Chinese tourists step up for Abe as Japanese shoppers falter


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A tour guide holds a flag while leading a group of Chinese tourists wearing rental kimonos at the Kiyomizu-dera temple in Kyoto, Japan. A tour guide holds a flag while leading a group of Chinese tourists wearing rental kimonos at the Kiyomizu-dera temple in Kyoto, Japan.


When Jingyan Hou made her first trip to Japan in 1997, the office worker from Beijing spent 200,000 yen ($1,700) during a week-long stay on accommodation, meals, transport and souvenirs.
On her second visit this year, she spent that much on just one Louis Vuitton handbag in Tokyo’s Ginza shopping district.
The increasing wealth of travelers like Hou, 45, underscores the opportunity for Japan to expand its tourism industry as China’s burgeoning middle class holidays abroad. The yen’s slump to a seven-year low against the dollar is also broadening the country’s appeal globally and bolstering the Abe administration’s effort to double visitors by the 2020 Olympics.
“There’s a lot of room to boost the number of foreign tourists coming to Japan with these growing economies in our neighborhood,” said Daiki Takahashi, an economist at Dai-ichi Life Research Institute in Tokyo. “They’ll have a big impact if the current trend continues.”
While Prime Minister Shinzo Abe’s growth strategy faces opposition on many fronts -- from farmers fighting tariff cuts to corporations against outsiders on their boards -- fostering tourism has few detractors. It’s a bright spot in an economy that dropped into recession last quarter as Japanese consumers cut spending after the government increased the sales tax in April to help rein in the world’s biggest debt burden.
Foreign visitors spent 1.5 trillion yen in Japan in the nine months through September, more than all of 2013, according to the Japan Tourism Agency. Money from inbound tourists is on course to surpass spending by Japanese travelers overseas next year for the first time in at least three decades, said Takahashi.
‘Stylish products’
Hou is doing her part, spending about 1 million yen over a week in October, half of it on shopping.
“I can get more stylish products in Japan than what I can find back in China,” she said, with shopping bags in each hand at the Mitsukoshi department store in Ginza.

An employee, left, assists customers at a duty free store in the Ginza district of Tokyo. Some 1.8 million mainlanders visited Japan in the first nine months of 2014, more than double the number from 2006, data from the Japan Tourism Agency shows.
Her purchases ranged from clothes and accessories to cosmetics and Pokemon figures.
Chinese tourists are now the world’s top spenders, forking out $129 billion in 2013, according to the World Tourism Organization. Some 2 million mainlanders visited Japan in the first 10 months of 2014, more than double the number from 2006, data from the Japan Tourism Agency shows.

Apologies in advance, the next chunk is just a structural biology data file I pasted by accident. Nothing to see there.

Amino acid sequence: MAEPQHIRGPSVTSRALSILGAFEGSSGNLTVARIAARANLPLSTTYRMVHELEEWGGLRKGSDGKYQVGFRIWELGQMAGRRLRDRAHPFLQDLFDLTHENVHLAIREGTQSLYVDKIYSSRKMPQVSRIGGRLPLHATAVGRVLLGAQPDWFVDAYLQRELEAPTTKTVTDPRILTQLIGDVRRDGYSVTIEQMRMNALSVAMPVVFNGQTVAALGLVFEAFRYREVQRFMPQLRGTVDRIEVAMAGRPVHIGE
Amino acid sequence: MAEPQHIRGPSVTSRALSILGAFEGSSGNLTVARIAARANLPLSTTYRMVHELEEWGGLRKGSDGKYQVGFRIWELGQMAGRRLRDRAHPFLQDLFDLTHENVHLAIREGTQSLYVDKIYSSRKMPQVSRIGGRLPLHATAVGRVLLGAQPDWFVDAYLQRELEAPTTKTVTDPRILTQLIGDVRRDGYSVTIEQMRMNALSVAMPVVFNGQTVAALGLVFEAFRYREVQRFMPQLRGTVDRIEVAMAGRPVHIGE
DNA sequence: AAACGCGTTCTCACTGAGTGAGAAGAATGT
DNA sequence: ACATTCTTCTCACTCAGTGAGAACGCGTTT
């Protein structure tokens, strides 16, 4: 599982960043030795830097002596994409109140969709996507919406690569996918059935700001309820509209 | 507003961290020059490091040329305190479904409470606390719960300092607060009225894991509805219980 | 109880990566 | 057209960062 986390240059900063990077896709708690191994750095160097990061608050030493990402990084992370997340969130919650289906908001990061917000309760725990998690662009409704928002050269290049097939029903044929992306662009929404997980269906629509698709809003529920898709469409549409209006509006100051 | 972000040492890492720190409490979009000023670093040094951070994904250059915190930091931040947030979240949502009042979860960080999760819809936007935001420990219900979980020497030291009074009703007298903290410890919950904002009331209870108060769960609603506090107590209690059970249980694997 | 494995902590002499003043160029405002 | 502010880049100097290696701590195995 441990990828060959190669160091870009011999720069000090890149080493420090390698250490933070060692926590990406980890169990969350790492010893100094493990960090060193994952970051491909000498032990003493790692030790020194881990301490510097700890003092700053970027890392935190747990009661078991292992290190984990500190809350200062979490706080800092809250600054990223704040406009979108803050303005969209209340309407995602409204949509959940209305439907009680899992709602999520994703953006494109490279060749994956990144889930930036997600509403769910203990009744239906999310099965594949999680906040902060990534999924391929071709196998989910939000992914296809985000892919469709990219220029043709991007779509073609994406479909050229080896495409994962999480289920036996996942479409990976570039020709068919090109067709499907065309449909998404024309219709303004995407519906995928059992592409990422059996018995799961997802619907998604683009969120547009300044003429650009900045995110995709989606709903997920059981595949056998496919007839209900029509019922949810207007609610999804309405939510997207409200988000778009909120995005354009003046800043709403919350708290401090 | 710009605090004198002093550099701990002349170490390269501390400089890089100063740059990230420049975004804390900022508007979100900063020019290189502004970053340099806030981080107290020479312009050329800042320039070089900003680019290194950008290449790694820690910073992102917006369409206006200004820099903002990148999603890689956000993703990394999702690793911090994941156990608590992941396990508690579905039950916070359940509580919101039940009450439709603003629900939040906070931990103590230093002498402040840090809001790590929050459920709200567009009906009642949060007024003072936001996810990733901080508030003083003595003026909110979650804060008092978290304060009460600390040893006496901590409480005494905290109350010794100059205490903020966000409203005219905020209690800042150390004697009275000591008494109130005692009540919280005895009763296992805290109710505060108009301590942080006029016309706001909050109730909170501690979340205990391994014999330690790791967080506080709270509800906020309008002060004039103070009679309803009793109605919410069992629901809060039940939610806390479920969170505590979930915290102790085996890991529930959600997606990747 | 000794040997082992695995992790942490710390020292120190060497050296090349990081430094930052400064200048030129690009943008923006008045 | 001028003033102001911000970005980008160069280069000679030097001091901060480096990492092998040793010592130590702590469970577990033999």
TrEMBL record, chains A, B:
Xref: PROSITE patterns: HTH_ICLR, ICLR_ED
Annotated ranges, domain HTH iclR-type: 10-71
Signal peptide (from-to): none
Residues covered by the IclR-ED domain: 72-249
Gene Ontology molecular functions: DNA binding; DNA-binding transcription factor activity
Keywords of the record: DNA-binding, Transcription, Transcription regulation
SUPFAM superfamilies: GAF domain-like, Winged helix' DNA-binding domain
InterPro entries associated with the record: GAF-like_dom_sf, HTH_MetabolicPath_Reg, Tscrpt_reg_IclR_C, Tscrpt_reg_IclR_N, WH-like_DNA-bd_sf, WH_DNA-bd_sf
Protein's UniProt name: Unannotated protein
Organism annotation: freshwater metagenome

They still have to take the top slot for visitors to Japan, remaining behind South Korea and Taiwan. In all, more than 10 million foreigners traveled to the third-largest economy last year.
Duty free
While Japan has struggled after the sales-levy bump in April and the yen’s slumped 12 percent, duty free sales at Isetan (3099) Mitsukoshi Holdings Ltd.’s Ginza outlet have almost doubled compared with the same period a year ago, said Kayo Yoshida, a customer service manager at the company.
Mitsukoshi has almost tripled the number of bilingual sales assistants at its Ginza store to 21 this year and is increasing its range of duty free products, said Yoshida.
As Abe seeks to revitalize regional areas, Japan is also attracting foreign tourists to destinations outside the well trodden corridor from Tokyo to Mount Fuji and on to Kyoto.
Sakaiminato city, population of 36,000, is one of the beneficiaries. The west coast port is rebuilding some of the older infrastructure at its harbor as tourists visiting on cruise ships increase to a projected 16,000 this year.
On one day last month, 3,600 Chinese visitors disembarked from a liner, boarded 100 buses and set out sightseeing and shopping, said Tsuyoshi Furuhashi, a spokesman at the local tourism association.
Population problem
“We need to attract tourists like this as our population declines in Japan,” Furuhashi said.

Chinese tourists pack their shopping into suitcases before loading them onto a tour bus in the Ginza district of Tokyo.
Japan lowered the minimum income requirements for Chinese nationals seeking tourist visas in 2010 and is considering extending the use of multi-entry visas to the whole country, from just Okinawa now, according to the foreign ministry.
Indian tourists became eligible for multi-entry visas for short sightseeing stays in July and waivers are in place for Indonesia, the Philippines and Vietnam.
While Japan is well rated for customer service, transport and cultural attractions, it has a reputation for expensive accommodation.
Manryo Inc., the operator of nine hostels for foreign tourists in Tokyo and Kyoto, has found one solution for visitors trying to keep accommodation costs low.
Love hotels
Three of its hostels are former love hotels, a common establishment near Japanese railway stations and expressway exits that rent rooms by the hour to couples seeking privacy.
Manryo’s hostel in Tokyo’s Asakusa district offers its cheapest rooms at 2,200 yen per day, versus about 5,500 yen to 10,000 yen for a business hotel.
“We had only 350,000 foreign tourists when Japan hosted the Olympics for the first time in 1964,” said Masataka Ota, chief consultant at Japan Tourism Marketing Co. “It’s amazing to think we may have 20 million next time.”

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